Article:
1. The Cane Fields
There is a parrot imitating spring in the palace, its feathers parsley green. Out of the swamp the cane appears
to haunt us, and we cut it down. El General 5 searches for a word; he is all the world there is. Like a parrot imitating spring,
we lie down screaming as rain punches through and we come up green. We cannot speak an R- out of the swamp, the cane appears
10 and then the mountain we call in whispers Katalina. The children gnaw their teeth to arrowheads. There is a parrot imitating spring.
El General has found his word: perejil. Who says it, lives. He laughs, teeth shining 15 out of the swamp. The cane appears
in our dreams, lashed by wind and streaming. And we lie down. For every drop of blood there is a parrot imitating spring. Out of the swamp the cane appears
2. The Palace
20 The word the general's chosen is parsley. It is fall, when thoughts turn to love and death; the general thinks of his mother, how she died in the fall and he planted her walking cane at the grave 25 and it flowered, each spring stolidly forming four-star blossoms. The general
pulls on his boots, he stomps to her room in the palace, the one without curtains, the one with a parrot 30 in a brass ring. As he paces he wonders Who can I kill today. And for a moment the little knot of screams is still. The parrot, who has traveled
all the way from Australia in an ivory 35 cage, is, coy as a widow, practising spring. Ever since the morning his mother collapsed in the kitchen while baking skull-shaped candies for the Day of the Dead, the general 40 has hated sweets. He orders pastries brought up for the bird; they arrive
dusted with sugar on a bed of lace. The knot in his sore throat starts to twitch; he sees his boots the first day in battle 45 splashed with mud and urine as a soldier falls at his feet amazed- how stupid he looked!-at the sound of artillery I never thought it would sing the soldier said, and died. Now
50 the general sees the fields of sugar cane, lashed by rain and streaming. He sees his mother's smile, the teeth gnawed to arrowheads. He hears the Haitians sing without R's 55 as they swing the great machetes: Katalina, they sing, Katalina,
mi madre, mi amol en muelte. God knows his mother was no stupid woman; she could roll an R like a queen. Even 60 a parrot can roll an R! In the bare room the bright feathers arch in a parody of greenery, as the last pale crumbs disappear under the blackened tongue. Someone
calls out his name in a voice 65 so like his mother's, a startled tear splashes the tip of his right boot. My mother, my love in death. The general remembers the tiny green sprigs men of his village wore in their capes 70 to honor the birth of a son. He will order many, this time, to be killed
for a single, beautiful word.
The event at the center of "Parsley" is horrendous: a dictator orders 20,000 blacks to be killed because they can't pronounce the letter "R." How do you even begin to think about something like that? If you are writing a poem about it, one way to begin is to decide what your point of view should be. Or to put it another way, where should the poem place the reader in relation to the event.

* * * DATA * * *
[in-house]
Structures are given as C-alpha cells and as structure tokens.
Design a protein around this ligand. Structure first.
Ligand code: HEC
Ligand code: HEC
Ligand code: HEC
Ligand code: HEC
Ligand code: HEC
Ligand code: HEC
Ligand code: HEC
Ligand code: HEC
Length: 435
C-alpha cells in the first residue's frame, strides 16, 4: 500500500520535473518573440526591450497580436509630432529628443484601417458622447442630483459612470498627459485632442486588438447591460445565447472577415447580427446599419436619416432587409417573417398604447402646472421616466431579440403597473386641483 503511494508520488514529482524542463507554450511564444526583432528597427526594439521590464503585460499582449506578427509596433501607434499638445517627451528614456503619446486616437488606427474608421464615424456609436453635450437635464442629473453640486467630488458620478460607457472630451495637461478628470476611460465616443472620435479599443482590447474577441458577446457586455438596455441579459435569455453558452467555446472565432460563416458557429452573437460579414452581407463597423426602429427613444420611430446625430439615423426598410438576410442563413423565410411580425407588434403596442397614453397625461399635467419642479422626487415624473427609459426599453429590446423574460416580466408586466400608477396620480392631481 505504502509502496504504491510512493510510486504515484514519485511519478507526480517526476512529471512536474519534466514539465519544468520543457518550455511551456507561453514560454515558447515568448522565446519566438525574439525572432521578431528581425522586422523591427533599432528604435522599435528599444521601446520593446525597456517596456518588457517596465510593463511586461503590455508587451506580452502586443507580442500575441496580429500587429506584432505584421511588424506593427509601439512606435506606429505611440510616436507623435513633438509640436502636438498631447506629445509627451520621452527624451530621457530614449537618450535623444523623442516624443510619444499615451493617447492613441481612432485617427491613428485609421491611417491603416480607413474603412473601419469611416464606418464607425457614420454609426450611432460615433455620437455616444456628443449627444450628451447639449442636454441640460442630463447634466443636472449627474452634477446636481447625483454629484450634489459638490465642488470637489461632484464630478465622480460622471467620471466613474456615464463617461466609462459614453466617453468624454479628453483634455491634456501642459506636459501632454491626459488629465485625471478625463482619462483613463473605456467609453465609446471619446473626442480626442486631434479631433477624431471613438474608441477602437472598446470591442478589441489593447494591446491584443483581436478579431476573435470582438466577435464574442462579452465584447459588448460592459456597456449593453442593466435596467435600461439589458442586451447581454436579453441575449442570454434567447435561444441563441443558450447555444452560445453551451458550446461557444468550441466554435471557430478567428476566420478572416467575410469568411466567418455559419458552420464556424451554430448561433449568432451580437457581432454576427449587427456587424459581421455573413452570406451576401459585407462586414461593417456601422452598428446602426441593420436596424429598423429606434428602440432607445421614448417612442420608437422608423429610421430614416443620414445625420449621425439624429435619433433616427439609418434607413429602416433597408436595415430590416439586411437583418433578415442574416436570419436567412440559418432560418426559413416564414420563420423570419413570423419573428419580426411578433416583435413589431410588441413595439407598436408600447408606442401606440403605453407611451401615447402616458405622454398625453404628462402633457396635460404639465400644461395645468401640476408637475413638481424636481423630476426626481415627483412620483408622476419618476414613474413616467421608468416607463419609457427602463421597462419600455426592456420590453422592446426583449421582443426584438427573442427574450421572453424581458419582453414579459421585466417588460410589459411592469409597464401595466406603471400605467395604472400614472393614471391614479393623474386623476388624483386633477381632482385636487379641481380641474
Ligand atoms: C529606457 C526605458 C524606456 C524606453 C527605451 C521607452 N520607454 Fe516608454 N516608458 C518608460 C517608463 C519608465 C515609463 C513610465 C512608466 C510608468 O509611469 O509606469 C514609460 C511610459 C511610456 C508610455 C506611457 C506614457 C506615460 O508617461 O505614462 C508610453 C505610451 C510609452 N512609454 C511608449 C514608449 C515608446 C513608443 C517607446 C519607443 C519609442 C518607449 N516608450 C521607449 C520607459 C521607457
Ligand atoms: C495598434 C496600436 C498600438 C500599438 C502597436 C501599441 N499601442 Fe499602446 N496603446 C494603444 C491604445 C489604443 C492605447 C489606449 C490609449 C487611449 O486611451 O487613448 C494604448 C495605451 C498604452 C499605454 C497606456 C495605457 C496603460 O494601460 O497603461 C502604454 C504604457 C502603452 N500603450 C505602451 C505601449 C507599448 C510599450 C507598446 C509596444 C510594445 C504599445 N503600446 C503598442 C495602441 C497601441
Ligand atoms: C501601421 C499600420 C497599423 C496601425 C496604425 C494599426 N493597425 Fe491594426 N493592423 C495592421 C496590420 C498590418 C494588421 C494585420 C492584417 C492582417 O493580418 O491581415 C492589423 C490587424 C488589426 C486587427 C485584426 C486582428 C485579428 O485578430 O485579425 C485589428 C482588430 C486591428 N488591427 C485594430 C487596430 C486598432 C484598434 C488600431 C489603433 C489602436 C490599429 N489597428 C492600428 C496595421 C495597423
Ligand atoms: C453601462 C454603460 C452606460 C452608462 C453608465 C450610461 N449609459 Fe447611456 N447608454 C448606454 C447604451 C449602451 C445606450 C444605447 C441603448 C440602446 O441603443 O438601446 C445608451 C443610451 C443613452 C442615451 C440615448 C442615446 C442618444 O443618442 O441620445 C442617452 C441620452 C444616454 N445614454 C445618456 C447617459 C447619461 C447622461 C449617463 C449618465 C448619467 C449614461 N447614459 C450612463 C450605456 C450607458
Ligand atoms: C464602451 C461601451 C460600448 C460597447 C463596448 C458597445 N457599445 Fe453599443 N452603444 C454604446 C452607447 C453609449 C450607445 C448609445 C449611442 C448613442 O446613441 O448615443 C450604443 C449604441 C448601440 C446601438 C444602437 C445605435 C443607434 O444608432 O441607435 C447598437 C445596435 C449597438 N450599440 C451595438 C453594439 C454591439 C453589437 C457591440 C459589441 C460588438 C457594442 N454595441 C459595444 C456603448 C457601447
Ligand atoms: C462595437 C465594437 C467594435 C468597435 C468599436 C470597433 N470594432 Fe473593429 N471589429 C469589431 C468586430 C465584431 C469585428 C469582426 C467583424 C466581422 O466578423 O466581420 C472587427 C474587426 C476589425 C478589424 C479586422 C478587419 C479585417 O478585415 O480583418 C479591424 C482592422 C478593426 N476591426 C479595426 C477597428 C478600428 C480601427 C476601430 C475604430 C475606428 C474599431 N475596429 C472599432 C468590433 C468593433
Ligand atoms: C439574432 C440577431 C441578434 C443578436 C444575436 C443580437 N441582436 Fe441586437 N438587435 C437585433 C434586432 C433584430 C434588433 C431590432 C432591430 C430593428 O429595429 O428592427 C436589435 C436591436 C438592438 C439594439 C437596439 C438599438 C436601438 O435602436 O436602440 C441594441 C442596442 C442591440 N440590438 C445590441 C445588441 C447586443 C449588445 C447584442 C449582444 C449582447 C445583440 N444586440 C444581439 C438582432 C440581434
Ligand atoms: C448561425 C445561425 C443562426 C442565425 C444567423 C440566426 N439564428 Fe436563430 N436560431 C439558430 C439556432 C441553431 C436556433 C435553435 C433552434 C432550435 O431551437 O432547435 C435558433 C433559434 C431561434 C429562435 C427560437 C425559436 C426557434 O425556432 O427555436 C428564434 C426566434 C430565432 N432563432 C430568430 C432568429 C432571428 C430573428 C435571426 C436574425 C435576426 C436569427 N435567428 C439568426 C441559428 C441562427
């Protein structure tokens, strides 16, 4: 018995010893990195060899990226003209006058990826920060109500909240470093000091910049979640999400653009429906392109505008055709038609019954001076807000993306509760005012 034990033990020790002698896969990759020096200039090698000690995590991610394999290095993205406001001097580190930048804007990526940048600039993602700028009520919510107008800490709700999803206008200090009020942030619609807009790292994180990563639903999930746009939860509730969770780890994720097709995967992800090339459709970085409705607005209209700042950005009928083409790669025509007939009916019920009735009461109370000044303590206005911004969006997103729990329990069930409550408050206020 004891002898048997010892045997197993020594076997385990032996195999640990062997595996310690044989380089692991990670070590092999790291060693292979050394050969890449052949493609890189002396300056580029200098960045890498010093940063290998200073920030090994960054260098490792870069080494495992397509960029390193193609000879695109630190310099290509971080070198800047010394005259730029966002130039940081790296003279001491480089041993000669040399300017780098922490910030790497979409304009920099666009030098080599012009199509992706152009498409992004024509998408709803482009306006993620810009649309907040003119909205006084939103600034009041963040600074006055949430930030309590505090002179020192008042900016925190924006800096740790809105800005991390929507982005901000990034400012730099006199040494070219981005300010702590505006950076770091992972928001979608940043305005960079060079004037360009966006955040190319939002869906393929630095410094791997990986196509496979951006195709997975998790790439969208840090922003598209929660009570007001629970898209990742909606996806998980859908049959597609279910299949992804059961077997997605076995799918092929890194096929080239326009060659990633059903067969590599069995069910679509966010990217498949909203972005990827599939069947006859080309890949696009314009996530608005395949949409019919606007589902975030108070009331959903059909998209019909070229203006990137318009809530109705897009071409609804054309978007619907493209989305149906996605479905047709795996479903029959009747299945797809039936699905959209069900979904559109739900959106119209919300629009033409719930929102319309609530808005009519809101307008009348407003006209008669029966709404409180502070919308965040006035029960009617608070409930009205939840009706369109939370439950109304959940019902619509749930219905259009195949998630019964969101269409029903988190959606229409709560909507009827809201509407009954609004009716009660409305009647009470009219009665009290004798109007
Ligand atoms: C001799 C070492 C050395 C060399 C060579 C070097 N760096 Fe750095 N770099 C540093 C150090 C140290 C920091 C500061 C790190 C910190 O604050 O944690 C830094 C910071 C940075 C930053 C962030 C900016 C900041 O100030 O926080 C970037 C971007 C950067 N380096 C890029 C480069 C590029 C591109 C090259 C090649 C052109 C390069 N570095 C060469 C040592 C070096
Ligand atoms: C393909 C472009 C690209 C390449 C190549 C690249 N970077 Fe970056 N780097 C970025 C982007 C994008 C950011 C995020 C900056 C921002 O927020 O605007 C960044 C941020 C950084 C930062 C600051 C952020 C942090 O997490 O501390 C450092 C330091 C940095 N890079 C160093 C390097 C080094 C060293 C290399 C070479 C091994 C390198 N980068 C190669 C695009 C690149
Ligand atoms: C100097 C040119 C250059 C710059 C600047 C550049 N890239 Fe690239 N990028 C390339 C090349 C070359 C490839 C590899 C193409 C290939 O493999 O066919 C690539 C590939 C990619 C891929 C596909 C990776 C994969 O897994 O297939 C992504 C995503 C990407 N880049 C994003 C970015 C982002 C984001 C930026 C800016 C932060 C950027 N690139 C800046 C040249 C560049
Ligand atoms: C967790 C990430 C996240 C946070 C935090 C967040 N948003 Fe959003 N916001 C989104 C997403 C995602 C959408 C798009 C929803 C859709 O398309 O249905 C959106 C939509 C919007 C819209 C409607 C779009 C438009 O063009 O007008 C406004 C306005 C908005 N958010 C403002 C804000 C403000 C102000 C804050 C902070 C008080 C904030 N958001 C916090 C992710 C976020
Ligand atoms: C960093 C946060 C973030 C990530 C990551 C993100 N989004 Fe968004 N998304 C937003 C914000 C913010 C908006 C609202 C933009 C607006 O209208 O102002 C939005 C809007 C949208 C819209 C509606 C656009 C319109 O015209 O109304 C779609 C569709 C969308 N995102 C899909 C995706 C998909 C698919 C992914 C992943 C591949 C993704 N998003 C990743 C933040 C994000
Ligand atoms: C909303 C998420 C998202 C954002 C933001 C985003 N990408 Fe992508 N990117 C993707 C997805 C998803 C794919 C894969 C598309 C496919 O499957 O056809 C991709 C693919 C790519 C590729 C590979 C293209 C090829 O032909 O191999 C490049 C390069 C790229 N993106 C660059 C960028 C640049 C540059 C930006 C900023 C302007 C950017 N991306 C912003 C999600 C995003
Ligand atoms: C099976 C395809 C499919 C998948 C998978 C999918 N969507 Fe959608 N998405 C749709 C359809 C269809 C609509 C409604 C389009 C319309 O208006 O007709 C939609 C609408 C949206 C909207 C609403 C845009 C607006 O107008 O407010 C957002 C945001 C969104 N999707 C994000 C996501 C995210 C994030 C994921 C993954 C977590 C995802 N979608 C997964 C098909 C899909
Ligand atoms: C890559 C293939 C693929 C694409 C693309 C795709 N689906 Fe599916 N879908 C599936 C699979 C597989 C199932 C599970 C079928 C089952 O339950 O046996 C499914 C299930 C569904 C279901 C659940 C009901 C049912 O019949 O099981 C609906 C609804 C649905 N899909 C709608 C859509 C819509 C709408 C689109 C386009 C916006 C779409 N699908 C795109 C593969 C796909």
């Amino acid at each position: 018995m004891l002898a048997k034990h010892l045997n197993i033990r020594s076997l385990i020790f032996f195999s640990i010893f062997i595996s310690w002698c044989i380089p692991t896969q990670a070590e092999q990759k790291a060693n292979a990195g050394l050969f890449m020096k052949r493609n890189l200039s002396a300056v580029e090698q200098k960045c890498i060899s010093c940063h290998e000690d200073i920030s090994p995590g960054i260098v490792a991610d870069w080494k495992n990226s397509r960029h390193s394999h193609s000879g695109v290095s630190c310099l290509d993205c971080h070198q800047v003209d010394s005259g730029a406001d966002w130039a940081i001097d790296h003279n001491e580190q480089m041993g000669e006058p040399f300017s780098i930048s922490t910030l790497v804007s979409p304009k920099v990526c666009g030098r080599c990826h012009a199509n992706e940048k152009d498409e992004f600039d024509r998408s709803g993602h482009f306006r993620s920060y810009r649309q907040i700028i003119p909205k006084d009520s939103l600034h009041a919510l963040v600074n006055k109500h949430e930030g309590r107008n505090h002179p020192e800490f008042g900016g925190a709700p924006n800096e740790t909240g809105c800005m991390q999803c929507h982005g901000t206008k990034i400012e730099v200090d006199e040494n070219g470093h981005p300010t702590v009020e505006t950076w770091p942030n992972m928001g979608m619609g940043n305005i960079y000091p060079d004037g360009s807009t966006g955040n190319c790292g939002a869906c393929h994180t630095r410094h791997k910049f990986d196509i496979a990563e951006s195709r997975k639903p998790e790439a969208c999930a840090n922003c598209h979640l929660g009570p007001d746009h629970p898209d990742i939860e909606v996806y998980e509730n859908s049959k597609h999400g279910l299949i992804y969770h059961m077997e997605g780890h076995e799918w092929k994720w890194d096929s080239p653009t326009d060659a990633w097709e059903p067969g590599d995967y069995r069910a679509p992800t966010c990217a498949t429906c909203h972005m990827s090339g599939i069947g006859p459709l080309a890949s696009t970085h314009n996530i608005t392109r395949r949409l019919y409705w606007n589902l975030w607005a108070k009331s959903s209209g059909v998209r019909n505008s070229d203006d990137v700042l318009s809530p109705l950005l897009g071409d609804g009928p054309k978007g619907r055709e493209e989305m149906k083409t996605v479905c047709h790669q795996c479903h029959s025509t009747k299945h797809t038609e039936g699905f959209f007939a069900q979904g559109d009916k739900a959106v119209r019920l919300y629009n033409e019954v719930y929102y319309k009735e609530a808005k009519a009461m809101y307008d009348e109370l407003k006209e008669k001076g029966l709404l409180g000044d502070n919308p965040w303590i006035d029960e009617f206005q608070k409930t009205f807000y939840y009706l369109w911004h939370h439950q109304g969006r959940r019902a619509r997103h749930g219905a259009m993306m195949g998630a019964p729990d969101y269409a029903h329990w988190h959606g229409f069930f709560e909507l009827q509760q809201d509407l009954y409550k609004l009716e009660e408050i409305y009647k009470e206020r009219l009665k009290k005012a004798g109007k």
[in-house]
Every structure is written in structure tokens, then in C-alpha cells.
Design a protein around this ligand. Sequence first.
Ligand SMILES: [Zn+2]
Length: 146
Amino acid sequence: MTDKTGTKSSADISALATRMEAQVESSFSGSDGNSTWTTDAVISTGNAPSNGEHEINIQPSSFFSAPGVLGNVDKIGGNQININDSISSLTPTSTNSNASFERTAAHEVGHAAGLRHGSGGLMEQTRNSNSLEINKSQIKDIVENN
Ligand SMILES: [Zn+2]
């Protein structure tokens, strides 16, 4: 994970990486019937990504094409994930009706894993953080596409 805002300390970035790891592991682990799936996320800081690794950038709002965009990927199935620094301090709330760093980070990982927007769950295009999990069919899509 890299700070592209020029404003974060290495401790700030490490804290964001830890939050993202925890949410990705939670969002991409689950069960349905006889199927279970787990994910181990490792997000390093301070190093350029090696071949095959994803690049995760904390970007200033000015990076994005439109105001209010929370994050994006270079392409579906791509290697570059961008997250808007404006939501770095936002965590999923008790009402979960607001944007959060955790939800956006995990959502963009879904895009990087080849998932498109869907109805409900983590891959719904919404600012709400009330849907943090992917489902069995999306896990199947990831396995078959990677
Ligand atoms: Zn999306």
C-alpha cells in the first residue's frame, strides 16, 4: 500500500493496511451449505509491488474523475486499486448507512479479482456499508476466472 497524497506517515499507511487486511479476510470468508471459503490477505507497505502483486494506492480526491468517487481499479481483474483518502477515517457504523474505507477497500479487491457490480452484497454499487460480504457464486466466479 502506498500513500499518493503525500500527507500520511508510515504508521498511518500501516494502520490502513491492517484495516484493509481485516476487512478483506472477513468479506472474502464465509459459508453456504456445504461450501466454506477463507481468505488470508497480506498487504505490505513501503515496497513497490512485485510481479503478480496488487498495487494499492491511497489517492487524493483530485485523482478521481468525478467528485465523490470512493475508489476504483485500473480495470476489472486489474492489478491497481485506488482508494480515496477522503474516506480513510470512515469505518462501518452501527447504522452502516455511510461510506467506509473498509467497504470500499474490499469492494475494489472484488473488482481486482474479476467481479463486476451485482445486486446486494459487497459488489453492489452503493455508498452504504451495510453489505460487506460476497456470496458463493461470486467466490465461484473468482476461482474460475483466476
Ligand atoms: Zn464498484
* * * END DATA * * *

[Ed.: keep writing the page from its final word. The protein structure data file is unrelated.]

Rita Dove divides her poem into two parts, and the two parts correspond to two very different points of view: first, that of the victims, and then that of the man who gives the order to kill them. But how the world looks, how it makes sense (or maybe doesn't make sense at all) once we've been put into those two places, depends on the details. In the first section, the voice we hear speaks in the first person, and it's a collective voice: "the cane appears to haunt us, and we cut it down." The dictator is a kind of alien presence, known only from the outside and from the distance; he's only referred to by his title, "El General." Everything around the "we" who speaks seems to be deceptive and threatening: the parrot only imitates spring, the cane appears out of the swamp to haunt the people, who "lie down screaming as the rain punches through." When the point of view shifts to the palace in the second part, we are taken into the general's mind, shown some of his most intimate fears. And yet, the poem doesn't say "I" as it had said "We" earlier. No matter how deep into his character we go, the poem still uses "he." We are inside and outside of this man at the same time; the poem exposes him, and also keeps its distance. So then, as his murderous impulse begins to take its place within a very strange chain of associations -- love, his mother, death, skull-shaped candies -- we're allowed to inhabit his world, while at the same time remaining apart from him, and that's exactly right. We see the crazy logic of his private emotions, but the poem never invites us to become this man, by letting him say "I."
Haiti is located on the western third of the island of Hispaniola; The Dominican Republic occupies the remainder of the island. In 1930, Rafael L. Trujillo took power in the Dominican Republic and subsequently ruled the nation, as a dictator, for the next thirty-one years, until his assassination on May 30, 1961. He had begun his career in the army, and his dictatorship, based on military force, was widely criticized for its brutal repression of basic human rights.
Click here to see a photograph of Trujillo inspecting a rifle.
Haitians, who are primarily of African descent, constitute the largest minority in the Dominican Republic. Haiti was at one time a colony of France and its people still speak French or Creole, while the language of the Dominican Republic is Spanish. Agriculture is the Dominican Republic's dominant industry, and sugar cane its most important crop.
Click here to see a photograph of a worker in the cane fields of the Dominican Republic.
The Poet´s Life and Work
- Arnold Rampersad, "The Poems of Rita Dove."
- Helen Vendler, "Rita Dove: Identity Markers."
- Ekaterini Georgoudaki, "Rita Dove: Crossing Boundaries."